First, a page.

Introduction to Redux Saga
1 What is Redux Saga?
Redux saga is a redux middleware that allows you to manage your side effects (i.e. reaching out to the network) in an easier and more testable way.
This tutorial gives a conceptual introduction to redux saga and explains its purpose.
1.1 How does Redux saga work?
Redux saga is a middleware that you can plug into your
Redux store to soup it out a little bit.
The redux-saga docs state that ‘the mental model is that a saga is like a separate thread in your application that’s solely responsible for side effects‘. What does that mean? Well let’s make it visual, so it is easier to understand.
For illustration purposes let’s assume that we have a button in our application that loads some data when clicked. For simplicity, let’s assume we only have one action called
FETCH_DATA. Note that the following illustrations are not perfectly accurate. Technically speaking the
redux-saga-middleware is part of our top level /
App component. However, in here, for illustration purposes, the images sort of suggest that the
redux-saga middleware and the
App component are somewhat separated.
We do this because
redux-saga is easier to understand with a few illustrations.
Click on the image to see it in high resolution.
In our illustrations circles are supposed to represent actions, i.e.
type property. The
redux saga-middleware listens to all actions that are dispatched in our app. A
saga is listening for a specific action type. In the above illustration, the red circle represents the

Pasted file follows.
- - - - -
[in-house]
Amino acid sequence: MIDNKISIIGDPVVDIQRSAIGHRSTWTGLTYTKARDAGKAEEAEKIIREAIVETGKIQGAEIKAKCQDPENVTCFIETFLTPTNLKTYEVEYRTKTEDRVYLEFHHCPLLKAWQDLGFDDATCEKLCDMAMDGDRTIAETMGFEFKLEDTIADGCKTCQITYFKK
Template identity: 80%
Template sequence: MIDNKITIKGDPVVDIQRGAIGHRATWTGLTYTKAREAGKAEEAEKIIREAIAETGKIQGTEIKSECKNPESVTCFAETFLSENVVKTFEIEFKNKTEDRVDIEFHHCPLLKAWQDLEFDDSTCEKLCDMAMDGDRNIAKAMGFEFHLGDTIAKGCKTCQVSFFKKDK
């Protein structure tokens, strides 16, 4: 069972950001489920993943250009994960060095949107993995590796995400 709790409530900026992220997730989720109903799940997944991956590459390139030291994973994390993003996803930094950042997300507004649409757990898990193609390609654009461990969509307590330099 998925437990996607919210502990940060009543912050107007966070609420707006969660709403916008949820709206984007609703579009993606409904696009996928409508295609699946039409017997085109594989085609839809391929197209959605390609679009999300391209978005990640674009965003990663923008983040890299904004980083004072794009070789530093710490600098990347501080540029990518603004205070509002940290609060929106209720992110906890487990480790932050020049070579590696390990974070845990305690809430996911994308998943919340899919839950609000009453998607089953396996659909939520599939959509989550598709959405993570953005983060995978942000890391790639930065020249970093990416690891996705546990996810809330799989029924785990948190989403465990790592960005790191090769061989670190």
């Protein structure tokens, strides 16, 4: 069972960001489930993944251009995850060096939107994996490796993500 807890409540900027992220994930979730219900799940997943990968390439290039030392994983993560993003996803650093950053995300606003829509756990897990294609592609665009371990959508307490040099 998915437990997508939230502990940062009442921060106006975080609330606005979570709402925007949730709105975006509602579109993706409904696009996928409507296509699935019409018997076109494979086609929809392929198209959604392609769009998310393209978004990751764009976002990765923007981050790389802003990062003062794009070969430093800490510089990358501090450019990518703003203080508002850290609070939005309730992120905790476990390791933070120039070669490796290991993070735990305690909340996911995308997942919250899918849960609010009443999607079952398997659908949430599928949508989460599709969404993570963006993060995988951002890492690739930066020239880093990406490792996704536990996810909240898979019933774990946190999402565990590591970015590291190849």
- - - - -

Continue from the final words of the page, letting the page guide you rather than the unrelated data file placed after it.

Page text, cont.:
1.2. Consuming actions
As soon as an action is dispatched that our saga is listening to (the red circle), our saga will consume it. You can think of this like taking away they action from an overall stream of actions.
1.3. Watcher Sagas and Worker sagas
Once our action is inside our saga, our saga will probably extract the payload from it. Typically we pass parameters we need for our API call in our actions. After extracting the
payload, the so called
watcher saga (on the left) typically creates /
forks a worker saga that will do the actual network request.
If you take a closer look at the illustrations, you see that we labelled the left saga as a watcher saga. When using
redux-saga, you typically end up with two sagas for one particular action. The first saga is quite primitive and is only listening whether an action with a specific type, e.g.
FETCH_DATA is dispatched and extracts the action’s payload if needed. If the watcher saga detects the action it is looking for, it creates a worker saga.
Now, there are two options. The
watcher saga can either wait for the result of the worker saga and then resume listening for new actions. It could also perform a fire and forget approach. That is, it is creating (
worker saga and immediately resumes listening for new actions. Both approaches make sense depending on what you want to do.
worker saga gets the result back (either
failure), it is dispatching an action with the server’s response (
F). This action then flows into the reducer where the next state is calculated. In our illustration, we assume that the request was successful.
2 Wrap Up
Now you’re probably wondering where the code is.
Well, the goal of this tutorial was to explain on a conceptual level how
redux-saga works, not to copy the redux-saga docs 😁.
I can only refer you to its excellent documentation. With the conceptual knowledge on how
redux-saga works, it should be very easy for you to understand their examples. I just feel that it is pointless to put a simple example here because there are already plenty of examples on their website.
My goal was to create some illustrations that make it clear what
redux-saga is doing.
I wrote it because I had problems to understand it on a conceptual level at first.Follow @productioncoder
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